Both my Susans see me as a health crisis project. I expect that’s because I do a lot of sitting and have bipolar disorder. Seems most of the things that I do involve sitting. About the only thing I do that doesn’t involve sitting is walking. But the ratio of sitting and walking tends to tip heavily on the sitting side. Both Susans want me to live long and be mentally and physically healthy so they work towards that end. Both are very good at their work.

 

It takes a strong person to deal with mental illness. I hope you are lucky enough to have a Susan in your life. I’m blessed with two!

Offspring

Summer 2016 - Kids with kids

Above is my beautiful favorite youngest daughter Kate ❤️ on the left and my beautiful favorite oldest daughter Ash ❤️ on the right. Their beautiful mom ❤️ deserves most of the credit for growing these two. I deserve a little. They both make us very proud!

Christmas 2021 - Grand Kids (little heart melters ❤️)

Peyt

January 26, 2022 - Peyton is my feline companion. God sent him to me via my youngest. God does things like that. He knows what’s best… like that 50’s TV sitcom about a really smart father, except way more smarter… “Father Way Knows Best!!!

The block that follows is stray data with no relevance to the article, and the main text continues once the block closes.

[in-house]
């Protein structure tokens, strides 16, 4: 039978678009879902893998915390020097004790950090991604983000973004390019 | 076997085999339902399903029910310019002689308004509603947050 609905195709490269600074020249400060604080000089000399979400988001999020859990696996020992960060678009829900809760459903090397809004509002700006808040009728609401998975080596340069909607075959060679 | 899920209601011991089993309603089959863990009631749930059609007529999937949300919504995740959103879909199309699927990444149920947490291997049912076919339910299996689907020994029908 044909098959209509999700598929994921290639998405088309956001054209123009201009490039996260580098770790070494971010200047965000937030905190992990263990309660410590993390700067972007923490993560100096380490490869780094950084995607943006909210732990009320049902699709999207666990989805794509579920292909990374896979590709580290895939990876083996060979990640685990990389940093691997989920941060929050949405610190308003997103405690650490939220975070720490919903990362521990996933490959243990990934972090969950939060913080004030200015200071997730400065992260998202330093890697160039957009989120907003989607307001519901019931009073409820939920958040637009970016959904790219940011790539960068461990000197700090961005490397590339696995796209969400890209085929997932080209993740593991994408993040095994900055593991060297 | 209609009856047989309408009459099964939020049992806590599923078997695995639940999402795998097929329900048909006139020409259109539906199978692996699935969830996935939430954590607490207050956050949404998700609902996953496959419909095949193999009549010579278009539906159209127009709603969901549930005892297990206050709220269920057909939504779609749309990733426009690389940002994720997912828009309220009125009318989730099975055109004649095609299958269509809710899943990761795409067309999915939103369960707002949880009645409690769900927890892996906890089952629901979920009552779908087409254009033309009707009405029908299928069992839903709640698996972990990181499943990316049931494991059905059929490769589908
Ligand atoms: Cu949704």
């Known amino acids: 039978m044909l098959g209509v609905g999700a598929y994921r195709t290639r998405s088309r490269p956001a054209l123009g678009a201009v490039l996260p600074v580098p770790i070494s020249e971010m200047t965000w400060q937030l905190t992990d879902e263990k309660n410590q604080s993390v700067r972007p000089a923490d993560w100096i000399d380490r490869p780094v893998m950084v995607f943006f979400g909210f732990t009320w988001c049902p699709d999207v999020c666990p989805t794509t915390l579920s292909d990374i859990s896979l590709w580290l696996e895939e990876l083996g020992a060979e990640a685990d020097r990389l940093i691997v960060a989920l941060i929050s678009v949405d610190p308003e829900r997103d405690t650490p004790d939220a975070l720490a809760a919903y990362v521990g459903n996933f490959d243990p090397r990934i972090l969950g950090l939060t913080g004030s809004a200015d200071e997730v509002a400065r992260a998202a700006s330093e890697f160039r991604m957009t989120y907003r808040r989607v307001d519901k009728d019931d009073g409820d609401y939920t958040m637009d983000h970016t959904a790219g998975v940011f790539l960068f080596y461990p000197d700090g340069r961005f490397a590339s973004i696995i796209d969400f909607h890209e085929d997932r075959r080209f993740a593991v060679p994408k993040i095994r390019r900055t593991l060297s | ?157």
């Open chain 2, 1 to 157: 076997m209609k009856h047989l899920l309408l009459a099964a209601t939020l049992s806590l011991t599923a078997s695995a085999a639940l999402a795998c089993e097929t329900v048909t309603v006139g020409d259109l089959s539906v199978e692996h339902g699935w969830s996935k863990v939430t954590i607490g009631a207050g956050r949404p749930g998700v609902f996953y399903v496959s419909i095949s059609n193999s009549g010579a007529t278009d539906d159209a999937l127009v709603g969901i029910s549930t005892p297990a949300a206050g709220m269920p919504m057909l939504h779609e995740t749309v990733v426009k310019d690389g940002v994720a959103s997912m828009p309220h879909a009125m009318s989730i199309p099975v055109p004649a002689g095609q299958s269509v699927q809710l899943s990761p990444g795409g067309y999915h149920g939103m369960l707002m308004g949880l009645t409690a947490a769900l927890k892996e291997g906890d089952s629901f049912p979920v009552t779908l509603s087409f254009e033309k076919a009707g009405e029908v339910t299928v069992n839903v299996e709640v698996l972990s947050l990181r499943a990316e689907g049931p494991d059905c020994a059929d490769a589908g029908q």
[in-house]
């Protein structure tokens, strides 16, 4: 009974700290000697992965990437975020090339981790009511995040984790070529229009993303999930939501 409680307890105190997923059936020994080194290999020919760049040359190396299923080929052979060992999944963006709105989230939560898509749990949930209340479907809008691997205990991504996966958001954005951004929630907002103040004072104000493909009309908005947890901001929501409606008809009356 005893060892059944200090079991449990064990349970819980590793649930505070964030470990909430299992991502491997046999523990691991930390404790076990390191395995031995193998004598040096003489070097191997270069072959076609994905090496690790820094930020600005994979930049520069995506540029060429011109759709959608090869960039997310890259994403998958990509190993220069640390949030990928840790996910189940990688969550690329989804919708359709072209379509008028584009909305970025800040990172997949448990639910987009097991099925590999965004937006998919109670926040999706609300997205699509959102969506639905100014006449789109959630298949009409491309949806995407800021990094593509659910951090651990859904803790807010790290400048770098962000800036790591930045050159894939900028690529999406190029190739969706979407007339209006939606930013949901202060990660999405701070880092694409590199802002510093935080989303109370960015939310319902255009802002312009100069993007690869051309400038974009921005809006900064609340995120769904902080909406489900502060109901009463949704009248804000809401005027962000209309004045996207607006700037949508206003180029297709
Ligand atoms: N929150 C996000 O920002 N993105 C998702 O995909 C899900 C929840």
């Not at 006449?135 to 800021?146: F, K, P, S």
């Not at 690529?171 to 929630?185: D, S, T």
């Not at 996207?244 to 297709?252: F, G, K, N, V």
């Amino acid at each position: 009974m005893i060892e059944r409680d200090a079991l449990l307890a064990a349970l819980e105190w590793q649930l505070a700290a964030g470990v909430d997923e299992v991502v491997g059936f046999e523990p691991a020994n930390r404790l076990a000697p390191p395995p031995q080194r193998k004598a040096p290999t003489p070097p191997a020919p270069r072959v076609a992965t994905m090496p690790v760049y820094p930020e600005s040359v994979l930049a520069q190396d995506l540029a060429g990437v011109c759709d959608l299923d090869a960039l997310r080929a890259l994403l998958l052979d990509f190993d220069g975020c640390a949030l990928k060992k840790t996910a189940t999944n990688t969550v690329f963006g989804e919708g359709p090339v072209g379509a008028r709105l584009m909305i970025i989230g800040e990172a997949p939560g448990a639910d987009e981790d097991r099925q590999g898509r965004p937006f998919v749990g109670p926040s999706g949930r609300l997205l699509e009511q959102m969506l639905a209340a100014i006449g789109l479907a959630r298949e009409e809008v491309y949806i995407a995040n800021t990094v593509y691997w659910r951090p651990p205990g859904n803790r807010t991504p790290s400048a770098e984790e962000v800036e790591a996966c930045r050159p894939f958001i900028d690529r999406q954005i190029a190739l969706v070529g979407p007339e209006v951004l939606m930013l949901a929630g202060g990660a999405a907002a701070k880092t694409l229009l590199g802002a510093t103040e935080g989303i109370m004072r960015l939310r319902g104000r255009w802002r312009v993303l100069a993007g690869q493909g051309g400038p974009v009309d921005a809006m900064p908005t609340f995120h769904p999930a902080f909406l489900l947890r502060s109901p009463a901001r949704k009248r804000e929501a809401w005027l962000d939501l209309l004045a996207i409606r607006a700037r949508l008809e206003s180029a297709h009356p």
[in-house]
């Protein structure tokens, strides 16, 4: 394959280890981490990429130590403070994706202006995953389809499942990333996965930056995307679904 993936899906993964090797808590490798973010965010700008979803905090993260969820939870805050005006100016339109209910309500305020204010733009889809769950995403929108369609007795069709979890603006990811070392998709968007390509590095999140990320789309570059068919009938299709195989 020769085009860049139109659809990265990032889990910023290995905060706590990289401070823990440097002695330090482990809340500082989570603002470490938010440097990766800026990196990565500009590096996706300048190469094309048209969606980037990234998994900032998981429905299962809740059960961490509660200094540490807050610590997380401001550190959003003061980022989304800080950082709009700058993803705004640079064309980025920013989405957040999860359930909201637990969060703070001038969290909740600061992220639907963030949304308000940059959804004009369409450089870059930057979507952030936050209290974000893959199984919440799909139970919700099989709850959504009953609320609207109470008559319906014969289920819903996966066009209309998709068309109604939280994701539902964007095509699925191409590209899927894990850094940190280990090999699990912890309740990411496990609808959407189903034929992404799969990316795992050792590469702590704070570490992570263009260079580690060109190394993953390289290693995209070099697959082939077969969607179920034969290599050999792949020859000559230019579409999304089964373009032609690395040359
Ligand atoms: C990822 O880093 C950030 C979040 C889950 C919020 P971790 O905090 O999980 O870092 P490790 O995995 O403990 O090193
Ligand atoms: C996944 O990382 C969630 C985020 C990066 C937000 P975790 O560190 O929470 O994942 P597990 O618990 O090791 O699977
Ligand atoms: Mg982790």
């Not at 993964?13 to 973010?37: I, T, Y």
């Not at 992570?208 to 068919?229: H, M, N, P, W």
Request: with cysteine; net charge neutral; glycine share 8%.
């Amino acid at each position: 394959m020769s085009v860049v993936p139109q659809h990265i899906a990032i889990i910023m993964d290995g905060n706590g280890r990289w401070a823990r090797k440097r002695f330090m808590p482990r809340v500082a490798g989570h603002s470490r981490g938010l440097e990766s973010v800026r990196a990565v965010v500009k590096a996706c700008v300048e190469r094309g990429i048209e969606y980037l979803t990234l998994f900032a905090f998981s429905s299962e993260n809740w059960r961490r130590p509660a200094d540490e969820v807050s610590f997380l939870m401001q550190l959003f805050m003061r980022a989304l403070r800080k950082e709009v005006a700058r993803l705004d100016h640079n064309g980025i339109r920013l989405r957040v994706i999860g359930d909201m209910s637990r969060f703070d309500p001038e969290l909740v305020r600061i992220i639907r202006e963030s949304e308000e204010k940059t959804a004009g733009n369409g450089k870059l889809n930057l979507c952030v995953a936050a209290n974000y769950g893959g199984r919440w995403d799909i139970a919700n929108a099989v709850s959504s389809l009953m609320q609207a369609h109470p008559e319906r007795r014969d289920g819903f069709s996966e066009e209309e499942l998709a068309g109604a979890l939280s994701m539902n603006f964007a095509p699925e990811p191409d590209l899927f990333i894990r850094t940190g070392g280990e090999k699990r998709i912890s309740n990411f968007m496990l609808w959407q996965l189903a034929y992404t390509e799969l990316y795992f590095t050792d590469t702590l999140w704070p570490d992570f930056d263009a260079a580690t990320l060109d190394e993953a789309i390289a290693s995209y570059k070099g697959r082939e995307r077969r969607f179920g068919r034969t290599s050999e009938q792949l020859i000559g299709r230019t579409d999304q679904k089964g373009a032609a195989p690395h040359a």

Peyton had a rough start. Chased by dogs near the expressway at a few months old and later abused to the point of a broken jaw and shoulder. Peyt did not have an ideal introduction into life.

Along comes my daughter. She takes him in and pays an enormous vet bill to repair his shoulder. They had to add a pin to put his bones back together. He still has the pin, crooked leg and a crooked bite. His leg and jaw healed just a bit off kilter.
 
I fell in love with Peyt right off the bat. He's my animal kindred spirit. God knows what He's doing! I thank God for Peyton. He accepts me same as I accept him.
Peyt is all cat but he follows me around like a puppy. Mischievous? Boy is he ever! He likes to get his paws into everything! He so reminds me of me! I think God gave me Peyton to show me what I'm like as a cat!